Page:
The match is at 2pm in Ruislip. Emmett lives in Wealdstone – about a tenner in a taxi. It’s roasting hot but, he informs me, there’ll be a marquee there selling cold beer after the game. Lovely jubbly, I tell him, in my best Cockney accent.
The taxi driver is from Bangladesh and doesn’t have great English. He also has no opinion on the quality of ball Cavan have been sending into Michael Argue. I know because I asked him.
On the way to this little Irish Mecca, he gets lost. Soon, the meter is over the £10 mark and we, the passengers, exchange furtive, suspicious glances like the foreigners wondering if we’re getting ripped off that we are. Eventually, he gets us there and tells us 10 quid will do. Good man, Hasan.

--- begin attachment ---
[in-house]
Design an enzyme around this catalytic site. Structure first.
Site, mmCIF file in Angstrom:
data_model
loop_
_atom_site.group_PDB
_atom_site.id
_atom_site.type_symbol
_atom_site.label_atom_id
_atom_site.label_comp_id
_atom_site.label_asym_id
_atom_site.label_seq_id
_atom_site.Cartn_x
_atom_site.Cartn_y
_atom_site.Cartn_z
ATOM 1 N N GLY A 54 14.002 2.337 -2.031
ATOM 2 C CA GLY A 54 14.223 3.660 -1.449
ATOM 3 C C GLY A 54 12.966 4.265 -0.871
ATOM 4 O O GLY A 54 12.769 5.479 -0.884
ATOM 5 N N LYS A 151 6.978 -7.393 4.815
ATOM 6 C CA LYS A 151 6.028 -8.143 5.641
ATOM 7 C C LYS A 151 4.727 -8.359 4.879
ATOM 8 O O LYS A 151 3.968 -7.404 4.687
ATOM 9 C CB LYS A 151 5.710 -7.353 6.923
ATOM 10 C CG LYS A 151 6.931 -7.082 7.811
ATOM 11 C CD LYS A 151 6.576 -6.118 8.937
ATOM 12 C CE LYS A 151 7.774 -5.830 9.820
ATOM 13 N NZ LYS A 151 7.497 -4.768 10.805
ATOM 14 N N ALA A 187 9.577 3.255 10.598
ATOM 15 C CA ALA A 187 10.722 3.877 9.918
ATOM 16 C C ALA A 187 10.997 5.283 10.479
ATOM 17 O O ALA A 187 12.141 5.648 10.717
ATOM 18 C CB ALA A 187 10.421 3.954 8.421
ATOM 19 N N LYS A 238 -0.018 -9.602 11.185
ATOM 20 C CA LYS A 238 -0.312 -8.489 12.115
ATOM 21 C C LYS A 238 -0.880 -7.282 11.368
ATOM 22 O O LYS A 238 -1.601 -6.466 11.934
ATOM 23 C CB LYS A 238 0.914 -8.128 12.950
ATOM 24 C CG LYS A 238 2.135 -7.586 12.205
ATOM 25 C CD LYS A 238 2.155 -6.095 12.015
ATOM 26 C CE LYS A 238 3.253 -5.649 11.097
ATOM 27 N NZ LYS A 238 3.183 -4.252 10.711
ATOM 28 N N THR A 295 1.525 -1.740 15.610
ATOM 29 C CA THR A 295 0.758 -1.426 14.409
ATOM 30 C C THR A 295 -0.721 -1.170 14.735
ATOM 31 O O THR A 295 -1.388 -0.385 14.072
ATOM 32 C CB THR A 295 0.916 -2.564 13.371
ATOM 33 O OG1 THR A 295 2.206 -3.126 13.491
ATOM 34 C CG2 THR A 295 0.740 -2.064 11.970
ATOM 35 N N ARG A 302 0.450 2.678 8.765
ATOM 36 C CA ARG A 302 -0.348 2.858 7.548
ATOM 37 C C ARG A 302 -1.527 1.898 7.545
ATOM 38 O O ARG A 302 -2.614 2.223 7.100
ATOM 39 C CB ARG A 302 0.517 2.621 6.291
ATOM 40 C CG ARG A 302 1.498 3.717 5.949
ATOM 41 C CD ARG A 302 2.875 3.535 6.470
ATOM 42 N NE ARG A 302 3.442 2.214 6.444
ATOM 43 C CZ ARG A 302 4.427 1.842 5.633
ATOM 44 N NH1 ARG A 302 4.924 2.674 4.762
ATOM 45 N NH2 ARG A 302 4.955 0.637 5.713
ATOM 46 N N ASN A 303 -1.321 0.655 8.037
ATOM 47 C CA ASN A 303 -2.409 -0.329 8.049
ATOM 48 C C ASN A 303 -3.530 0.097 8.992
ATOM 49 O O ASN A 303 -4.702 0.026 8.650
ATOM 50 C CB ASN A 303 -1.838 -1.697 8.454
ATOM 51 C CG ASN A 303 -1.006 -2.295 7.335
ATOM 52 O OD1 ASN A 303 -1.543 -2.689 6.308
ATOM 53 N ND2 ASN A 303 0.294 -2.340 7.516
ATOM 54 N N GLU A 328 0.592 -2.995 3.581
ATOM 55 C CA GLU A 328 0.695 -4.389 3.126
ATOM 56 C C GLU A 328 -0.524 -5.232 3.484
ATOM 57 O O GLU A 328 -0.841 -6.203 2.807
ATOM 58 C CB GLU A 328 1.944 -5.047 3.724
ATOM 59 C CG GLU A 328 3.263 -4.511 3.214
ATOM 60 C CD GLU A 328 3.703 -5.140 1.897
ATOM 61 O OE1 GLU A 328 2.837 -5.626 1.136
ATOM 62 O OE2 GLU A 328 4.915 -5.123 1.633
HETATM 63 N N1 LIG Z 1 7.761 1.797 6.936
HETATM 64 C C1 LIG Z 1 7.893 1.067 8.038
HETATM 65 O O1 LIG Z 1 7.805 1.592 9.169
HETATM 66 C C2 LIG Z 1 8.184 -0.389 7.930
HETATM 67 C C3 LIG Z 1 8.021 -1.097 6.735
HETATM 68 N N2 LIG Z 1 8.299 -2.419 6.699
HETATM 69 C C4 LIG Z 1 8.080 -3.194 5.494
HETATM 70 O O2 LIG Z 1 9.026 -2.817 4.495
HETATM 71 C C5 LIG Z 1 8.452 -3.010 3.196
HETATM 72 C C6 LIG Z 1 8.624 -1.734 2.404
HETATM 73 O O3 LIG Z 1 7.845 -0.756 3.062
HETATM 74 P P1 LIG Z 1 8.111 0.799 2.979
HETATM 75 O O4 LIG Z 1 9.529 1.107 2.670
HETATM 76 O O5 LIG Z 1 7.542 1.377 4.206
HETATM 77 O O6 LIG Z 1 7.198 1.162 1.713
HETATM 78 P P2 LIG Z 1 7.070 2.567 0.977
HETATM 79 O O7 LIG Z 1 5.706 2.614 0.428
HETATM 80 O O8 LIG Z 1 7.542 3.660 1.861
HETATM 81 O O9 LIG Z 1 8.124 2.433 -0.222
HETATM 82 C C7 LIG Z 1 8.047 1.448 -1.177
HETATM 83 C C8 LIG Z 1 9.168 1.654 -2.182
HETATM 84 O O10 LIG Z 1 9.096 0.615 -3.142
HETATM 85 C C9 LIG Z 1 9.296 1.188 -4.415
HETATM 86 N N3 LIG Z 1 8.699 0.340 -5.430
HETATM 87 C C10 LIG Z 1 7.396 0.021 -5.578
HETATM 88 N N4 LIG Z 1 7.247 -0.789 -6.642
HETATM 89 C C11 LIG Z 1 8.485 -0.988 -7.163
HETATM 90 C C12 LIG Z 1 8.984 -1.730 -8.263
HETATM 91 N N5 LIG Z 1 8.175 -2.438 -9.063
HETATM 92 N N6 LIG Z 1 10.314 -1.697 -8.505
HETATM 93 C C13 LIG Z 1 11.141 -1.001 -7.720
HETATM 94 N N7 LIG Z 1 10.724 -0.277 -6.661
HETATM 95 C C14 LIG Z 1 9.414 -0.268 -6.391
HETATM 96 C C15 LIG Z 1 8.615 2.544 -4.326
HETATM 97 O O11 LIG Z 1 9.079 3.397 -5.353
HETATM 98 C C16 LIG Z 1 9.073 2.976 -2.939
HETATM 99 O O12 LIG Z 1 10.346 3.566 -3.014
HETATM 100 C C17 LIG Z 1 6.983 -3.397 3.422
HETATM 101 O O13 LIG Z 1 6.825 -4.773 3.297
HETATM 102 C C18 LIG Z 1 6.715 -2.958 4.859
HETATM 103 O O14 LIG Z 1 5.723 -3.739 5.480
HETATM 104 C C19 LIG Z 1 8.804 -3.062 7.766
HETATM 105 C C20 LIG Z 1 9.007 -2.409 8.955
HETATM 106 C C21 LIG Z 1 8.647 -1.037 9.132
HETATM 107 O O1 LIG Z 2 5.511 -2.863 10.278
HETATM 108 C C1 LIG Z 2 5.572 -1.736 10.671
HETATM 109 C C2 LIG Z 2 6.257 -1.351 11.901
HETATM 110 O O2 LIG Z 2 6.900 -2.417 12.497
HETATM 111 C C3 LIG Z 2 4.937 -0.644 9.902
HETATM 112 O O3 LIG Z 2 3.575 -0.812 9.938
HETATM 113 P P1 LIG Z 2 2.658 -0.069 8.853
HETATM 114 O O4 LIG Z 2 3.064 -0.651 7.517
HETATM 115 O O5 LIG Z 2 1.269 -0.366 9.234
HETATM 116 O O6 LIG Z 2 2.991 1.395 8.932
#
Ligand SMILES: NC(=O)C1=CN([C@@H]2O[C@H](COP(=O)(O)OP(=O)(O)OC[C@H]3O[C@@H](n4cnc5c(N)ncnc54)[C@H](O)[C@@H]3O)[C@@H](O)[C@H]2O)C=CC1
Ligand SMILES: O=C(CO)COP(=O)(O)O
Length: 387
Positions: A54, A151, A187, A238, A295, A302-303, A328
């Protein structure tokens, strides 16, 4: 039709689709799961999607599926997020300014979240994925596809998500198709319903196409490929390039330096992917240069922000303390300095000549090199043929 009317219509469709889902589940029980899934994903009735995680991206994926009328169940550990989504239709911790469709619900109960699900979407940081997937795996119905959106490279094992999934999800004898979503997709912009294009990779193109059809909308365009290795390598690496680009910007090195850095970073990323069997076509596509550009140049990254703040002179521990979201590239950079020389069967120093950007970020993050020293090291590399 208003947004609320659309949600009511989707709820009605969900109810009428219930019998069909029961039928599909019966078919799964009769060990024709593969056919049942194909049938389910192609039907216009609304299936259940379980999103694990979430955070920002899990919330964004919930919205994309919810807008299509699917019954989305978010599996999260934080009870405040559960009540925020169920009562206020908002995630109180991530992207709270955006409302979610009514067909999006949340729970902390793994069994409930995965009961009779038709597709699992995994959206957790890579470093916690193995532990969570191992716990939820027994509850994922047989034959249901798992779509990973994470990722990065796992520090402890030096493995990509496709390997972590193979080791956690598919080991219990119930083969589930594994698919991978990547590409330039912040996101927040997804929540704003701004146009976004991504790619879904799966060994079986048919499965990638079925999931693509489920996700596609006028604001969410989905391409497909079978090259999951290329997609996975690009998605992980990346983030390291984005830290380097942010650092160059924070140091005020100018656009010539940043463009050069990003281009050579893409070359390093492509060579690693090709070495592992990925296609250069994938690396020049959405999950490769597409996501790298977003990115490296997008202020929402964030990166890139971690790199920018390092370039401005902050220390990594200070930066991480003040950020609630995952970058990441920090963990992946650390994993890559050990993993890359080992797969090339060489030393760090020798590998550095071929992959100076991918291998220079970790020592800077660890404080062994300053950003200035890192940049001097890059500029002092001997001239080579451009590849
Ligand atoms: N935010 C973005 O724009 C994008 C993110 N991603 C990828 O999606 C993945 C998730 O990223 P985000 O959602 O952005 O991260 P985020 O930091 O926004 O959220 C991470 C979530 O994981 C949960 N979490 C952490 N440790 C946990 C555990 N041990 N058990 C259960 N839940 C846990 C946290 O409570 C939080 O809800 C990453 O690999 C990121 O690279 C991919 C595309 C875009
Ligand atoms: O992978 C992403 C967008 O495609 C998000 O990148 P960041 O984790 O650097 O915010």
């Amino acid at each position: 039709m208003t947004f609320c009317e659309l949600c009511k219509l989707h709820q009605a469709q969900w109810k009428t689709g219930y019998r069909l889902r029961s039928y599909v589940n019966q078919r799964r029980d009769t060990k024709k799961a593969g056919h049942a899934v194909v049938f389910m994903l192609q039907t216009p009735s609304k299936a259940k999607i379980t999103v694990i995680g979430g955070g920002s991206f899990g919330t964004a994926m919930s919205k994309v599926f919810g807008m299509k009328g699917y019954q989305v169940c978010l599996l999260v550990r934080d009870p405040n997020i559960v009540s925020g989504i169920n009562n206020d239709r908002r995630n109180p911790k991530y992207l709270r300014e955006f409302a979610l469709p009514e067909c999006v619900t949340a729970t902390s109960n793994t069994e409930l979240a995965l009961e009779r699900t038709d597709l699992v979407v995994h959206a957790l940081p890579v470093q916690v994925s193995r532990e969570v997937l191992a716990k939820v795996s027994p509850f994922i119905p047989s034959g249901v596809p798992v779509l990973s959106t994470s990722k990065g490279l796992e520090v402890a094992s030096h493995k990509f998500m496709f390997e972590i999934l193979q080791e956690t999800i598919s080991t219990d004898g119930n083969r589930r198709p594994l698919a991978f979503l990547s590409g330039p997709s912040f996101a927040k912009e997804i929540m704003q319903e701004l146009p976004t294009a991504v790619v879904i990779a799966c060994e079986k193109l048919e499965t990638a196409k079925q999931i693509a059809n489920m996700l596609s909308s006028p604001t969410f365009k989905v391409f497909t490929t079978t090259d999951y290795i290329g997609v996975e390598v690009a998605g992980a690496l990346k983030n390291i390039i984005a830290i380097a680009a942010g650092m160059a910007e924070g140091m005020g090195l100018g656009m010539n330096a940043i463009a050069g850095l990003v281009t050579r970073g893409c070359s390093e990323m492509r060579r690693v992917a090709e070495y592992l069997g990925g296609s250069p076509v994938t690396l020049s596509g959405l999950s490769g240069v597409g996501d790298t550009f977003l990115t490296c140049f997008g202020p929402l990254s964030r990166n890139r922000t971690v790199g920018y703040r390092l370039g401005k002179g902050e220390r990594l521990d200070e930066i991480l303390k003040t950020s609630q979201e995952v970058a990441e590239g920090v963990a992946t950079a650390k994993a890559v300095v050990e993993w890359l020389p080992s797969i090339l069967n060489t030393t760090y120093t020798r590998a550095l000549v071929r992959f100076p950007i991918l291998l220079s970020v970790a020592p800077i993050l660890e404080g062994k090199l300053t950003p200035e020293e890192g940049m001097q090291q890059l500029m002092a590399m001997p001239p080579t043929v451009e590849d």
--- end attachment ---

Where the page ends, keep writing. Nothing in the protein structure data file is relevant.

I’m commentating on Northern Sound with Damien today; we set up a perch on the balcony of the clubhouse and get to work.
Commentary is great fun. Donohoe did the play-by-play and I analysed it.
Some listeners would probably have preferred the views of the cabbie from Dhaka, but beggars can’t be choosers.
In the end, Cavan win it easily. London, our own Lorcan Mulvey aside, are poor but it’s a professional job from our boys, led by Gearoid McKiernan, who looks every inch one of the best midfielders in the country.
The only sore point from a Cavan point of view is when Killian Clarke limps off in the first half and Rory Dunne, our princely full-back and in my unbiased view the best number three we’ve had in a generation, goes down with a suspected broken leg.
Rory is younger than me but I remember him coming through the ranks in Redhills. Once, he scored 5-10 in an U12 match I was at; actually, he probably did that a few times before he was converted into a defender.